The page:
LOREAUVILLE — When Colby Hebert wanted to get momentum going his way at crunch time, he went to his go-to bait and it delivered on a hot, muggy Wednesday evening in Sandy Cove.

A 5.03-pound bass inhaled the June bug Senko, a sure sign the 23-year-old bass angler chose the right artificial lure around 6:30 p.m.. Then it was a challenge to get it from the underwater vegetation into the boat and eventually into the livewell.

“I couldn’t get a bite on anything else. I picked up the Senko, my go-to bait when things are tough, and I finally caught a keeper. On my next cast, I ended up catching our smallest keeper (of the three-bass limit taken to the scale). I said, ‘They must have a couple fish right there. That fish took off like it was trying to get away from another fish,’” Hebert said, remembering the conversation with his Wednesday Night Hawg Fights Bass Tournament partner and father, Marlin Hebert of New Iberia.

Apparently, there was another bass there, a true “hawg” that made the difference at the 8:15 p.m. weigh-in back at Marsh Field Boat Landing.

“I never seen him hit it. She swam off real fast. As soon as I set the hook, that fish boiled the water. We said, ‘Ooh, that’s a good one. That’s him!’ I couldn’t tell how good he was. I just saw the boil. I picked the poles (Power Poles) up as soon as fast as I could,” Colby Hebert said.

The battle was on, big bass against a spinning rod loaded with 20-pound Power Pro braid and 17-pound Stren fluorocarbon leader held by the 2014 graduate of New Iberia Senior High. He stepped on the trolling motor right away, too, and headed to the hydrilla and lily pads the bass sought refuge in.

But, he said, the bass turned and ran.

“When it saw the boat, it started peeling line out, 5 feet of line. I had 9, 10 pounds of grass on the leader and line (and the bass),” he said. “He was about to take off again but made a beeline headfirst into the net.”

“When he set the hook, I heard the drag rip. When I turned to look to the front, I saw a big ol’ swirl. I got the net and ran to the front. She got caught in the grass. When I trolling motor to her, she came out and in the net,” Marlin Hebert said.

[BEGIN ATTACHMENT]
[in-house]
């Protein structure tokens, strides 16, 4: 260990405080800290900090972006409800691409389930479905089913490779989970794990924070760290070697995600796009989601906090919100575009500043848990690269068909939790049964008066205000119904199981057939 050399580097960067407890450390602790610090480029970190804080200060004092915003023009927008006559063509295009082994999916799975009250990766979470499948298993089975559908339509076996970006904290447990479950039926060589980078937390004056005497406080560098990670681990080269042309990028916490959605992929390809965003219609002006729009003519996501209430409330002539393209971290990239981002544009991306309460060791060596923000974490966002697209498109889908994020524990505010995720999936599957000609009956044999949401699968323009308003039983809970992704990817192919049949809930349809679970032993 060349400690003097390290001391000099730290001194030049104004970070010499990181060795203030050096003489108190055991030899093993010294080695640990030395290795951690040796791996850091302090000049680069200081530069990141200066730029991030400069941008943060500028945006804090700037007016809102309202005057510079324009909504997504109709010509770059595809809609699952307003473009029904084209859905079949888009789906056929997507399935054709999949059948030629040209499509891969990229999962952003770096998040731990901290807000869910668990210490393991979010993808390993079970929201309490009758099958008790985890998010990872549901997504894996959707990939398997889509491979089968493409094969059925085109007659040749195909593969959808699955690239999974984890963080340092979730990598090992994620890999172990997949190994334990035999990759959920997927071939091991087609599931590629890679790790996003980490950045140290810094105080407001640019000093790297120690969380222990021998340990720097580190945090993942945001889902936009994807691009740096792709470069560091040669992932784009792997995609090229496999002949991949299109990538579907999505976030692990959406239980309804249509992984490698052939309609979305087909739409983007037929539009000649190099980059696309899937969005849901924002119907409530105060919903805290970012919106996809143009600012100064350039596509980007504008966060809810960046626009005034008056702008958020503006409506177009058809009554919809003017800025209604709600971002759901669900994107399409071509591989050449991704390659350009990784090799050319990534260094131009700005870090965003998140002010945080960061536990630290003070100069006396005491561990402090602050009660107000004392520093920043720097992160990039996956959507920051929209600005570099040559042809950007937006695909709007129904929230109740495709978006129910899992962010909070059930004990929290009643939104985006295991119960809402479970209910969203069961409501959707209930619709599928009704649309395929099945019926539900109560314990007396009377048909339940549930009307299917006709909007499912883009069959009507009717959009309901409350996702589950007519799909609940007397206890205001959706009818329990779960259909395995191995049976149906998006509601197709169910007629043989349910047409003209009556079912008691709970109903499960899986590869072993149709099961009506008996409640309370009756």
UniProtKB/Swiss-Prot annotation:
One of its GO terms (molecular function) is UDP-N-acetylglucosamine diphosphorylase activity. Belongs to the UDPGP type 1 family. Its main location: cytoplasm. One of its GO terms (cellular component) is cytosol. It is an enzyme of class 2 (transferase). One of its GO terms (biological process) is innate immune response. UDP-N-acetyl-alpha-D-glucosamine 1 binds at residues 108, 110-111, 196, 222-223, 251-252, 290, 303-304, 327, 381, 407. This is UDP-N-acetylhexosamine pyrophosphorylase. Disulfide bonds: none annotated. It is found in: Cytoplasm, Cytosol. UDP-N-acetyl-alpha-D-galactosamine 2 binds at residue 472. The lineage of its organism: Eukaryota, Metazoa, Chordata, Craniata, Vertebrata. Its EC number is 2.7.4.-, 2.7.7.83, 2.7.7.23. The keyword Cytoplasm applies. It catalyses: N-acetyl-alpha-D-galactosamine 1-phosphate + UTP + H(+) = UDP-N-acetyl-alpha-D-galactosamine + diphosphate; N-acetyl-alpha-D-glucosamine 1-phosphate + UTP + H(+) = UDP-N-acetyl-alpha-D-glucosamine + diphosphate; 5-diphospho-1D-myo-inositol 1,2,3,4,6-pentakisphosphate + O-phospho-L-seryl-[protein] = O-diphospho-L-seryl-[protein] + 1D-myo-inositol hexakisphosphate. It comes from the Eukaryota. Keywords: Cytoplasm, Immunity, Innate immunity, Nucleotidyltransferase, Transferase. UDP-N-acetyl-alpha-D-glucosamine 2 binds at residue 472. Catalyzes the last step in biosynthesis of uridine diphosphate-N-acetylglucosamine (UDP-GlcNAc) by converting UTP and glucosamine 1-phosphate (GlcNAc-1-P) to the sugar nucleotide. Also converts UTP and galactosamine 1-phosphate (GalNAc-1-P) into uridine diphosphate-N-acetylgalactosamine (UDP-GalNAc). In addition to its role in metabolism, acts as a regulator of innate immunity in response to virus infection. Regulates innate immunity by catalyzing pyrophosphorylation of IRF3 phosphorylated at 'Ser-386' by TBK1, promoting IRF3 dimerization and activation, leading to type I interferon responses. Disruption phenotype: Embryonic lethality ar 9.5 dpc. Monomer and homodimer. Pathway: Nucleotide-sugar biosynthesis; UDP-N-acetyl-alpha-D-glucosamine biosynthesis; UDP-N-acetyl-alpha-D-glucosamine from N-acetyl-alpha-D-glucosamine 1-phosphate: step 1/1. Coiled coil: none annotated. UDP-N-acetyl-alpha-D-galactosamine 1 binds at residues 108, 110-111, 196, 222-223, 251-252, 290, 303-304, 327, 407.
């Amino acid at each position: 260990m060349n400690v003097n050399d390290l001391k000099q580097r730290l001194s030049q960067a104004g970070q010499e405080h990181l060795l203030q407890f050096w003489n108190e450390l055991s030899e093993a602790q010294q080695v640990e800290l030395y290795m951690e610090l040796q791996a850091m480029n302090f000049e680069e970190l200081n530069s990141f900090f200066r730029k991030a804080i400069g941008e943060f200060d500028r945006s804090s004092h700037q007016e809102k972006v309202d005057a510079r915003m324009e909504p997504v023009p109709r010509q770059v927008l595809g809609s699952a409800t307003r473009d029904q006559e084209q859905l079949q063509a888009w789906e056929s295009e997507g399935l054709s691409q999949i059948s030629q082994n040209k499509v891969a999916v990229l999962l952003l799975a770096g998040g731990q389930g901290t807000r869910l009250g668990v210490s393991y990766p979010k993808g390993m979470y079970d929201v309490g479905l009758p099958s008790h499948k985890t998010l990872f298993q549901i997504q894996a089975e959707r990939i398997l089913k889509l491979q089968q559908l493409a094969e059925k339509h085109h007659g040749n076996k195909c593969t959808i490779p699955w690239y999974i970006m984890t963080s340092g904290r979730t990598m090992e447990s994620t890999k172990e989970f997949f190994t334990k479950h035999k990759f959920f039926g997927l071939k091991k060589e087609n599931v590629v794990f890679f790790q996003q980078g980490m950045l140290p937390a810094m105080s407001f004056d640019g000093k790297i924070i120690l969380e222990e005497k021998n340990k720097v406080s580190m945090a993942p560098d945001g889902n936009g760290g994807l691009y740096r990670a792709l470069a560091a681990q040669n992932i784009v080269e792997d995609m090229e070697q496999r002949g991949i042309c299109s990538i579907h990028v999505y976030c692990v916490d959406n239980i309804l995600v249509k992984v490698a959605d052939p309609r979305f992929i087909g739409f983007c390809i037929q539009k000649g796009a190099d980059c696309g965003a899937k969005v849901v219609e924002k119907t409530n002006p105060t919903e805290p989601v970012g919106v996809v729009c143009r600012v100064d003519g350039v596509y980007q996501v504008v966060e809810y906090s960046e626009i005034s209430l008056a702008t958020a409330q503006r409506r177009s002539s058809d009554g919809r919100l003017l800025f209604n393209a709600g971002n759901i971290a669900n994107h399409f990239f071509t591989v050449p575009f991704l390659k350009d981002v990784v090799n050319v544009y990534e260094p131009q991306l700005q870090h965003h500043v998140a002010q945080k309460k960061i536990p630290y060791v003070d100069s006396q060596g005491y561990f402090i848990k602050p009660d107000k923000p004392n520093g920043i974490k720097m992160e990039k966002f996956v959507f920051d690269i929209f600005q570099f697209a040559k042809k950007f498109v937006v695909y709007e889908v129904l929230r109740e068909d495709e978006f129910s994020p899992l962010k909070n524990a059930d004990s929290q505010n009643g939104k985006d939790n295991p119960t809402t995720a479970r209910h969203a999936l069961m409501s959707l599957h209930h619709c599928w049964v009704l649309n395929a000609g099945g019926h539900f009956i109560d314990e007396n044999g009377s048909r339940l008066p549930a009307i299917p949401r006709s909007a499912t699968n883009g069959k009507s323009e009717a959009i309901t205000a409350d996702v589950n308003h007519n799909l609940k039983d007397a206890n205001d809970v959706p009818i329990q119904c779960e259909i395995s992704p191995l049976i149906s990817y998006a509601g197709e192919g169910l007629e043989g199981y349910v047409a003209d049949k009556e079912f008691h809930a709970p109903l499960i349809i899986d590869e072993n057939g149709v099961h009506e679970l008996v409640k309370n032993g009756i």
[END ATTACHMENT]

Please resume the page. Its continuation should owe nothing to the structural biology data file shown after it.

“After dad put him in the net, I said, ‘That’s it now. We are fun fishing now,’ ” Colby Hebert said. “Right then and there, we had it won. If somebody (else) was going to win it, they deserved it.”

His father recalled the ensuing series of events, one witnessed by a nearby boat and competitors, he said, Tony and Hunter Neuville of Loreauville.

“I started dancing in the boat and high-fiving,” Marlin Hebert said.

Later, he said with a chuckle, noting a conversation at the weigh-in, “The guy on the side of us, about 10 yards away, he says, ‘Man, the only thing about that (big bass being caught and subsequent victory dance by the 51-year-old installation manager for Butcher Air Conditioning) was we had to sit and watch.’ ”

That was a heckuva kicker on another tough late afternoon of bassin’ on Lake Fausse Pointe. Their three bass weighed 10 pounds, easily enough to top the 18-boat field in the 10th WN Hawg Fights BTS tournament of 2019 and win $360.

The big bass of the tournament earned another $180. Without it, both bass anglers said, the win wasn’t possible.

Jacob Shoopman and his father, Don Shoopman, both of New Iberia, who won the previous WN Hawg Fights BTS outing out of Marsh Field Boat Landing on July 24, finished second with three bass weighing 8.31 pounds to win $216. For the second straight tournament the younger Shoopman had a 3-pound plus bass on a Superbait buzz bait.

Mike Sinitiere of New Iberia and Brooke Morrison of Broussard, who won the 2018 WN Hawg Fights BTS Classic out of Myette Point Landing in the Atchafalaya Basin, cashed in for the first time this year with a three-bass limit weighing 6.14 pounds worth $144.

The Heberts enjoyed the post-weigh-in moments immensely. They basked in the victory and the response from the other anglers.

“Yeah, that was a big win. We’re excited, for sure. I mean, 18 boats. That’s a lot of good fishermen out there. It’s always great when you come out on top, especially when you’re competing against the best of the best,” Marlin Hebert said. “What I like, strangers we’ve seen but never met before, coming up and congratulating us. It means there’s a lot of good sportsmanship amongst everybody. Everybody was excited about the fish that came through the scales. Everybody was pumped up and watching.”

Colby Hebert, an HVAC technician for Living Quarters Technology, said, “I know that means a lot to him. I’ve been fishing since I was 2 years old with a little Zebco 33 in the back of the boat and trying not to fall out. Now we’re fishing against all these great fishermen. It makes it exciting.”

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